Many of the light horsemen came from the pastoral properties of the vast Australian interior. They had literally been riding since they could walk. Their association with towns like Toowoomba often came through their school years. Such was the case of Richard James Underwood. He was born at St. George, about 400 kilometres west of Toowoomba, and grew up on the family property “Warroo” Station between Surat and St. George. He was the son of Richard James (senior) and Rosa Underwood, and was educated at the Toowoomba Grammar School.
Richard travelled to Brisbane to enlist in the Light Horse at Chermside. He was a member of the COE, 5’9” tall and weighed 140 pounds. He had a fair complexion, blue eyes and brown hair and stated his age as 18 years and 4 months when he enlisted on 27 October 1915. However, after the war his mother Rosa indicated in a letter to the army that he was born in July 1898. This suggests he put his age up by a year to enlist, not an unusual occurrence in the Great War.
Richard’s career in the light horse was reasonably straightforward. He signed up as the Gallipoli campaign was in its final phase, two months before the Evacuation. The 2nd Light Horse Regiment was about to re-group in Egypt for the campaign by the British to secure the Suez Canal from Turkish threats and then attack along the coast through Sinai and Palestine to defeat the Ottoman Empire. Richard sailed from Sydney with the 16/2nd Reinforcements on 31 March 1916 aboard A16 Star of Victoria. He landed in Egypt and continued training with the 1st L.H. Brigade Training Regiment. He was taken on strength by the 2nd LHR at Tel-el-Kebir, and soon after moved into Sinai to join his comrades at Romani.
In August 1916 the Turks launched an offensive to take Romani, a town near the Mediterranean, east of the Canal. Richard survived days of intense fighting that successfully stalled the Turks; he had participated in one of the major fights of the Light Horse in the war. In the months that followed, the Allies continued pushing east towards Gaza and Palestine. There were several battles along the way.
In January 1917 the mounted troops (British, New Zealanders and Australians) came to Rafa, about 25 miles from Gaza. They attacked on 9 January, encircling a Turkish garrison in difficult country dominated by sand-hills. The attack went forward slowly against stiff opposition, but after a day’s intense fighting succeeded in securing the town. During the day Richard Underwood was wounded in action. He was evacuated to the 24th Stationary Hospital in the Canal Zone, with wounds described as “GSW head, groin, leg”. He reached the hospital on 11 January. Telegrams were sent to his mother about four days later, culminating in one on 23 January stating: NOW REPORTED SON LANCE CORPORAL RICHARD J UNDERWOOD STILL DANGEROUSLY ILL WILL FURNISH FURTHER PROGRESS REPORT WHEN RECEIVED BASE RECORDS.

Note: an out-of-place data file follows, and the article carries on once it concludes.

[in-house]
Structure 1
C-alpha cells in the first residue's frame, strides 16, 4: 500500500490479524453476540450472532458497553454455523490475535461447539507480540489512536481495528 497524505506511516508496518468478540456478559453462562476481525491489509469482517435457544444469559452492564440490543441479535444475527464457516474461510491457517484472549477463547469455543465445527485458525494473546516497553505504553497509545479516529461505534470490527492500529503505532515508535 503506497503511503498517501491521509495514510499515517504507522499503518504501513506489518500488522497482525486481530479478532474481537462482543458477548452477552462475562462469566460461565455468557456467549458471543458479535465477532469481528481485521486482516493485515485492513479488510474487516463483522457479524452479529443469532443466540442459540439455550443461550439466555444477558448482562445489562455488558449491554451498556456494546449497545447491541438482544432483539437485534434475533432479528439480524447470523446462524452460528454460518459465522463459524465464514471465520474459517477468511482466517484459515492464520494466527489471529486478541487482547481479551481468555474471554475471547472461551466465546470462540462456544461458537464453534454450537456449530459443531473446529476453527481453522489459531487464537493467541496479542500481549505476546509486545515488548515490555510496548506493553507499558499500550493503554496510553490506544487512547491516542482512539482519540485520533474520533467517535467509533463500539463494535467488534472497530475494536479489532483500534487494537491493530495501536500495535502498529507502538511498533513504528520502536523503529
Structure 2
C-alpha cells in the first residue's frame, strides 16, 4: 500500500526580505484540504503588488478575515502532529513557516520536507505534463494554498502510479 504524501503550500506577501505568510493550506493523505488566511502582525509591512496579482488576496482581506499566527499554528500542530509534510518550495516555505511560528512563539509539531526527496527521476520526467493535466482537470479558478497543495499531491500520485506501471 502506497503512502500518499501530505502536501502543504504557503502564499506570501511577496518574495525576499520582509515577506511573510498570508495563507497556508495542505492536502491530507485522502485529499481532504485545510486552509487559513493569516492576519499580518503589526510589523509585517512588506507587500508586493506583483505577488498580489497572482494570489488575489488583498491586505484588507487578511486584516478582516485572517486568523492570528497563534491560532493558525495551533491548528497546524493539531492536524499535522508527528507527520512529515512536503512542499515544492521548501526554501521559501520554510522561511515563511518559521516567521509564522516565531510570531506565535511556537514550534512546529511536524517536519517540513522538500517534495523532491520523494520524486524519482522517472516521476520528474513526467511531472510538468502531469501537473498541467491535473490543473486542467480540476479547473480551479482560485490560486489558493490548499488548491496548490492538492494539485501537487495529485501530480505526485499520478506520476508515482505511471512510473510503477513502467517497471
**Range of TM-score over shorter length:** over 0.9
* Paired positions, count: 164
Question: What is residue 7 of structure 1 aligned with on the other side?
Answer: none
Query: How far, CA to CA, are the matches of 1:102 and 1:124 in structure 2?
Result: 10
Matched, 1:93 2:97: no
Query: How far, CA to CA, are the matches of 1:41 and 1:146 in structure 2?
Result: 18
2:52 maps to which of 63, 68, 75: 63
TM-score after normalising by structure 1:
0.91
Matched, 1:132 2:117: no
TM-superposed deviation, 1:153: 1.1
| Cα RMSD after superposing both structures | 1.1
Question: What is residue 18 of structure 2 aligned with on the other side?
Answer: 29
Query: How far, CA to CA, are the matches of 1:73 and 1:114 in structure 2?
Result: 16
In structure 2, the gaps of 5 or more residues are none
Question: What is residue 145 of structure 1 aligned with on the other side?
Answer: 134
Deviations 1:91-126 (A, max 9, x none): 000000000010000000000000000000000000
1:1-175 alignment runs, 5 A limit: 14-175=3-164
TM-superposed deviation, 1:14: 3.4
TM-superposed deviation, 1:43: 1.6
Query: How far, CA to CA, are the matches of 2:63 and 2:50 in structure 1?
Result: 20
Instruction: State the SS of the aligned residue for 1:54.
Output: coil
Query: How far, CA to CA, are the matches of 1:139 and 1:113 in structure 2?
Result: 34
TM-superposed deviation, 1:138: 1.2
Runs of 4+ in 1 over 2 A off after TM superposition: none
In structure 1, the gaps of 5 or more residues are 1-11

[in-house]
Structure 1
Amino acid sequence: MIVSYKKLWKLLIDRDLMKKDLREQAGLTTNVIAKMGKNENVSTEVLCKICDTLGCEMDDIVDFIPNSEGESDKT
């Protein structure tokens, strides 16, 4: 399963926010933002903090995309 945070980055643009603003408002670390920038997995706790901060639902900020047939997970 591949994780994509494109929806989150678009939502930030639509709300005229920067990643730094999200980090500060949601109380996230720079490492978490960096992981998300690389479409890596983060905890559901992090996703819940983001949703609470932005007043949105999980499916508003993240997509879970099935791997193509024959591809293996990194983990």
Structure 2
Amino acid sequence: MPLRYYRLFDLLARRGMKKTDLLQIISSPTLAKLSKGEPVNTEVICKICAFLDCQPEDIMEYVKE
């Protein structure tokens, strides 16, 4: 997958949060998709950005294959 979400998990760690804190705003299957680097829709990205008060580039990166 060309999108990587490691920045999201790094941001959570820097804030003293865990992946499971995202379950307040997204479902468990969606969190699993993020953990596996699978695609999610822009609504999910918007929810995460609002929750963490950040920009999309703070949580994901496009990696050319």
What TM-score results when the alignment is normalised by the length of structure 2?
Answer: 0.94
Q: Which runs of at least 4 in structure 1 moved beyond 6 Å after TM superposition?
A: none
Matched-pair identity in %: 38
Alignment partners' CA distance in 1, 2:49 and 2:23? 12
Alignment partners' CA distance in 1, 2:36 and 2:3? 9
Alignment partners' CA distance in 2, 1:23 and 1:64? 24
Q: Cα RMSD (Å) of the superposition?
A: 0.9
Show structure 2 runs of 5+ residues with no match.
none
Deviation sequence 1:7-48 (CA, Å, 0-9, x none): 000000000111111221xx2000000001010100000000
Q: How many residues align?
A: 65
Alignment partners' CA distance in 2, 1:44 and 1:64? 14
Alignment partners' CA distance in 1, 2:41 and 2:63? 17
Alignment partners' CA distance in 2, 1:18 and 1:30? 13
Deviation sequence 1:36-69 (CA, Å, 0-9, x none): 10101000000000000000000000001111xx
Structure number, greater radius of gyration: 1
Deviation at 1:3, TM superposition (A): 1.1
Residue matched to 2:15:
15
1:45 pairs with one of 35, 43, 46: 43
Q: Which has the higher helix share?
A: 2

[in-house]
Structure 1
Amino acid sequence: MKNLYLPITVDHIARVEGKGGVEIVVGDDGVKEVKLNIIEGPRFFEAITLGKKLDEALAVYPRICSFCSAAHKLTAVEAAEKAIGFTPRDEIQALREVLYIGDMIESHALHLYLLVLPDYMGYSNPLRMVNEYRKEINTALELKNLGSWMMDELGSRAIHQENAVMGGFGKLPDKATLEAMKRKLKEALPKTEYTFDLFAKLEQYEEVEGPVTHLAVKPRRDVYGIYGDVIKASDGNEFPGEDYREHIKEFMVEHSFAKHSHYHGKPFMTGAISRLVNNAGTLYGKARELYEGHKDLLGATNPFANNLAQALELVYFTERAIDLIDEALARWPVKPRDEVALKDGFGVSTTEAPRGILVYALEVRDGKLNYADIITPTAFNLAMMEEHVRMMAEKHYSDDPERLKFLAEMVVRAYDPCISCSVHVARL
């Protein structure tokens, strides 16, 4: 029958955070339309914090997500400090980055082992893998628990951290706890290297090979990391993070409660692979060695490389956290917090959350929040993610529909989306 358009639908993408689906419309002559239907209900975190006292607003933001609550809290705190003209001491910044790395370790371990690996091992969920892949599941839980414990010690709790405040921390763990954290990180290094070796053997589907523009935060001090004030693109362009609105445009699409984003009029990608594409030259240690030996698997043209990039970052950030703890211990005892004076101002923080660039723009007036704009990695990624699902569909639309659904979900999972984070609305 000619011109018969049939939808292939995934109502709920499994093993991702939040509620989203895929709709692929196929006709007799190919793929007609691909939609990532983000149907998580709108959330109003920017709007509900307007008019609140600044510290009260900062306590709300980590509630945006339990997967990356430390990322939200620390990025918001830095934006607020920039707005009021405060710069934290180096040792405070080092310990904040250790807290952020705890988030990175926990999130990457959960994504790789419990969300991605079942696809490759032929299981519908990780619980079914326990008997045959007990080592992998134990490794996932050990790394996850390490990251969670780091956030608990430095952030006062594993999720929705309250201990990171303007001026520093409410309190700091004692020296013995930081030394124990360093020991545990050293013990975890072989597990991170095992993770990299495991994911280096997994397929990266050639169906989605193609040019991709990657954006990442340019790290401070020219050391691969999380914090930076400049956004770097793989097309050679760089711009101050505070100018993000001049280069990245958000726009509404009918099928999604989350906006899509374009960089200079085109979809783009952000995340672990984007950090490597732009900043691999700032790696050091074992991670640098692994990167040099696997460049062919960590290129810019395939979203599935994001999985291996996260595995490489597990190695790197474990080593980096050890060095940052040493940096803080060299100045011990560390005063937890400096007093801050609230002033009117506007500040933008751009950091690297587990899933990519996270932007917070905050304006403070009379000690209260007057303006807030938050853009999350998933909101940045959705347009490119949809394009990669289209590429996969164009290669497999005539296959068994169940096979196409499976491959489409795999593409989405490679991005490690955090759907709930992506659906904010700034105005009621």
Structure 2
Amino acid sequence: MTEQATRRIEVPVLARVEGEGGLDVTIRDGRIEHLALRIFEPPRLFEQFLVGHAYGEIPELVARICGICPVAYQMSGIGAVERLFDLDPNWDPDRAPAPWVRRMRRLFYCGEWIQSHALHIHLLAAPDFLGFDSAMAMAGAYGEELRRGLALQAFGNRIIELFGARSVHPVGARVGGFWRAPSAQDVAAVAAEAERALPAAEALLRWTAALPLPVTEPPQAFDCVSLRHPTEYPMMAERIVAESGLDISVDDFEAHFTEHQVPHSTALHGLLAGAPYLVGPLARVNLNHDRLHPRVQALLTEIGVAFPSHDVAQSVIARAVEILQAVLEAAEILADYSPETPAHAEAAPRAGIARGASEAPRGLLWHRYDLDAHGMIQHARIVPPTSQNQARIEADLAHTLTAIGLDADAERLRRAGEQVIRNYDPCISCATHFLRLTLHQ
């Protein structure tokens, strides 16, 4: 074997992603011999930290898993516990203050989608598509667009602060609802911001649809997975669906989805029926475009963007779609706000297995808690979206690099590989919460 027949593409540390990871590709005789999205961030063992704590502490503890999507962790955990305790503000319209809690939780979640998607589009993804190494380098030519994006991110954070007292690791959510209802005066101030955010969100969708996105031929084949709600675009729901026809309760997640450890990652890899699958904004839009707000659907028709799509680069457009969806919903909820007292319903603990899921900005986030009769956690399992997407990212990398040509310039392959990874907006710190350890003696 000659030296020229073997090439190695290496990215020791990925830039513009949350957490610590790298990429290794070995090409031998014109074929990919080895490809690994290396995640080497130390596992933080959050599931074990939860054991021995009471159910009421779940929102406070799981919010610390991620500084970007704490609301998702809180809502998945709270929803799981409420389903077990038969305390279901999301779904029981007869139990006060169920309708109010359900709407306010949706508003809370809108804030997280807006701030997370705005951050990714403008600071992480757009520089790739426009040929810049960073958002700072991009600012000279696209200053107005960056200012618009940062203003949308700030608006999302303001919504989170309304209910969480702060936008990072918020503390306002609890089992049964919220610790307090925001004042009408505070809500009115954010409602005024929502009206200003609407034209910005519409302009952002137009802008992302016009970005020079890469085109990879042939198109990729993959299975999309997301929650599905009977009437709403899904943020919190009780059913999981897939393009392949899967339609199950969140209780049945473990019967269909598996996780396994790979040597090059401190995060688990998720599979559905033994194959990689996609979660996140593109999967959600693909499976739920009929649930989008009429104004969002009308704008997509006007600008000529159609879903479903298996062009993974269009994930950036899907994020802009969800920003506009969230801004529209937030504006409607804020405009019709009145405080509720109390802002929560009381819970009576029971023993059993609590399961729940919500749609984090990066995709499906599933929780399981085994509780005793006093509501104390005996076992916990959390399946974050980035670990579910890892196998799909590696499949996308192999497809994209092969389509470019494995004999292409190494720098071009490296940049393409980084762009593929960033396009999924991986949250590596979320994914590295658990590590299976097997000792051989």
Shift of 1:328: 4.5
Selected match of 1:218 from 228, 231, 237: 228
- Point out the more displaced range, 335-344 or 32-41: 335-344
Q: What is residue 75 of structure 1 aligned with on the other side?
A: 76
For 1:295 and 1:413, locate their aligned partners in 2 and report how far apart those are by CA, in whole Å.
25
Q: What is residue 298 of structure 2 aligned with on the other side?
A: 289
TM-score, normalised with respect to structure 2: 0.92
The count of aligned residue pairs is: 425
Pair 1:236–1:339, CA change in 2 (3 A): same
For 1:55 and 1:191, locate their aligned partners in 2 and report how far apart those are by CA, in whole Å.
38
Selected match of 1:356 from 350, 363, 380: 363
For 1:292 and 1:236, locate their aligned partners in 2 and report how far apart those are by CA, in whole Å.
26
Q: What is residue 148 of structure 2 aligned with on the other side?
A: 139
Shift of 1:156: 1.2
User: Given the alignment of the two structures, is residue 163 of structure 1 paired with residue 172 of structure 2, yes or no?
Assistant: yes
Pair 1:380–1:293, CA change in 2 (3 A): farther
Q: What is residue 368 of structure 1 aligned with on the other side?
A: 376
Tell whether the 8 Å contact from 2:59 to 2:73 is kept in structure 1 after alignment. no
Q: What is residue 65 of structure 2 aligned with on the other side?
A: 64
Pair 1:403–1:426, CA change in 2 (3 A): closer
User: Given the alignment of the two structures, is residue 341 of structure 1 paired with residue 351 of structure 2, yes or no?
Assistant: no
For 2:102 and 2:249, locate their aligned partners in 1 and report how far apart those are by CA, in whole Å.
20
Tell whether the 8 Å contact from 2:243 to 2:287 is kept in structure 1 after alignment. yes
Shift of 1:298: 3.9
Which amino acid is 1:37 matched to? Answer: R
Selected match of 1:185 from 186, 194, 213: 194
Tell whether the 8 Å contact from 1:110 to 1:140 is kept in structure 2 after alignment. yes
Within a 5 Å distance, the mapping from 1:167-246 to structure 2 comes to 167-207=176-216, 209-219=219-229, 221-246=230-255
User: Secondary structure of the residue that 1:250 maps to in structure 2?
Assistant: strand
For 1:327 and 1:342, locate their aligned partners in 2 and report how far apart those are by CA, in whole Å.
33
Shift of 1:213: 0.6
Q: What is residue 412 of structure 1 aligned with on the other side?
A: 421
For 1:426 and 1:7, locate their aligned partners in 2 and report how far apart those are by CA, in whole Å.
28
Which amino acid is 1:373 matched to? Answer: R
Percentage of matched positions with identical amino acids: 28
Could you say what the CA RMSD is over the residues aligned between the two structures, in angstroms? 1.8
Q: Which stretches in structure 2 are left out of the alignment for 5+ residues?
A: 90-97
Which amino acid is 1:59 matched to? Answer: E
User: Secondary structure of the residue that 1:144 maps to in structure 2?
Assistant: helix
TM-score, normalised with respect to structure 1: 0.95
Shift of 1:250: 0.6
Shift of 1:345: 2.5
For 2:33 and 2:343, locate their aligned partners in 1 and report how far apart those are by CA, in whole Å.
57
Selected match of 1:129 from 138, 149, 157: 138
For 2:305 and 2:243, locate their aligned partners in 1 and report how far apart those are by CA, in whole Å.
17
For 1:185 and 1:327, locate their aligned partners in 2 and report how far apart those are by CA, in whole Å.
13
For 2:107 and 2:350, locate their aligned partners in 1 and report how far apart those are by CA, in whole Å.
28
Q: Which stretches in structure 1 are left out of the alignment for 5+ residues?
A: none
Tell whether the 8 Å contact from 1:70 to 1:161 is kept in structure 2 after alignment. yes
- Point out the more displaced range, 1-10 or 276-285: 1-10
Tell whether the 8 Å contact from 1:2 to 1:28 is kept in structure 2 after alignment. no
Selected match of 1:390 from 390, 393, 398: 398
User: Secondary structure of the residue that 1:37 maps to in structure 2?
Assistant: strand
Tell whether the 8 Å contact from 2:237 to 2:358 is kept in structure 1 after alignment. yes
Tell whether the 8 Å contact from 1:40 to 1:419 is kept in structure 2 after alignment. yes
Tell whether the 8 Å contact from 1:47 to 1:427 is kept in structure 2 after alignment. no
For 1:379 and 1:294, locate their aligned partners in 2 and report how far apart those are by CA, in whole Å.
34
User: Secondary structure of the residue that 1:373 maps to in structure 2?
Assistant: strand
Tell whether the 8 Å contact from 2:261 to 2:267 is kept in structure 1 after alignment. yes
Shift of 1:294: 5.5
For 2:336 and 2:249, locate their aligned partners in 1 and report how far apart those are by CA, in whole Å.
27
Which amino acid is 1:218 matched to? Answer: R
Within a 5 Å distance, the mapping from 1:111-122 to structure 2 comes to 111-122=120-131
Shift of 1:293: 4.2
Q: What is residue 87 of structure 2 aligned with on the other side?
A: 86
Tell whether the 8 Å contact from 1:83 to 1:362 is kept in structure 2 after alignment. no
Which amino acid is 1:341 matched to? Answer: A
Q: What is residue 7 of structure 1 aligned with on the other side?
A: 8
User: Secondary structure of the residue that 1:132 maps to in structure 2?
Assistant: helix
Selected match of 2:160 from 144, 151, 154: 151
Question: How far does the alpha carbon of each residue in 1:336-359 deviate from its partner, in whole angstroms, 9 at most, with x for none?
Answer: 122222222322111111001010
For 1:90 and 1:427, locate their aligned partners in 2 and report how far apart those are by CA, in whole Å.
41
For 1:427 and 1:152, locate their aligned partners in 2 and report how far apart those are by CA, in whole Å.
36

However, Richard had already died of his wounds on 20 January. He was buried at the Kantara War Cemetery (grave D.26) in a ceremony conducted by Rev. J.D.W. Hayton. There is evidence that his parents grieved deeply for their son who died before his 19th birthday. In the early 1920s the army received no response to its letters offering the commemorative plaque and scroll to NOK. It took Rosa almost a year to write back to the army, using an address at Phillip Street, Toowoomba, as well as “Warroo”, in which she indicated that Richard’s father was now dead. There were many cases of families that seemed to suffer continuous blows after the loss of their sons at the front. In February 1923 Rosa received the official mementoes and her son’s medals.
Toowoomba Grammar School Archive Records State that he started school on 1st April 1915 and left the school on 1st June 1915. He played Rugby in the 1st XV in 1915. The School Magazine of May 1917 stated, ‘Richard Underwood, son of Mrs. Underwood. of Warroo, Surat-Entered School January, 1915 and left to enlist in June that year. Was in the football XV. Corporal of 2nd Light Horse. Severely wounded in the battle of Rafa and died three days later, January 19th, 1917. Age, 19 years.’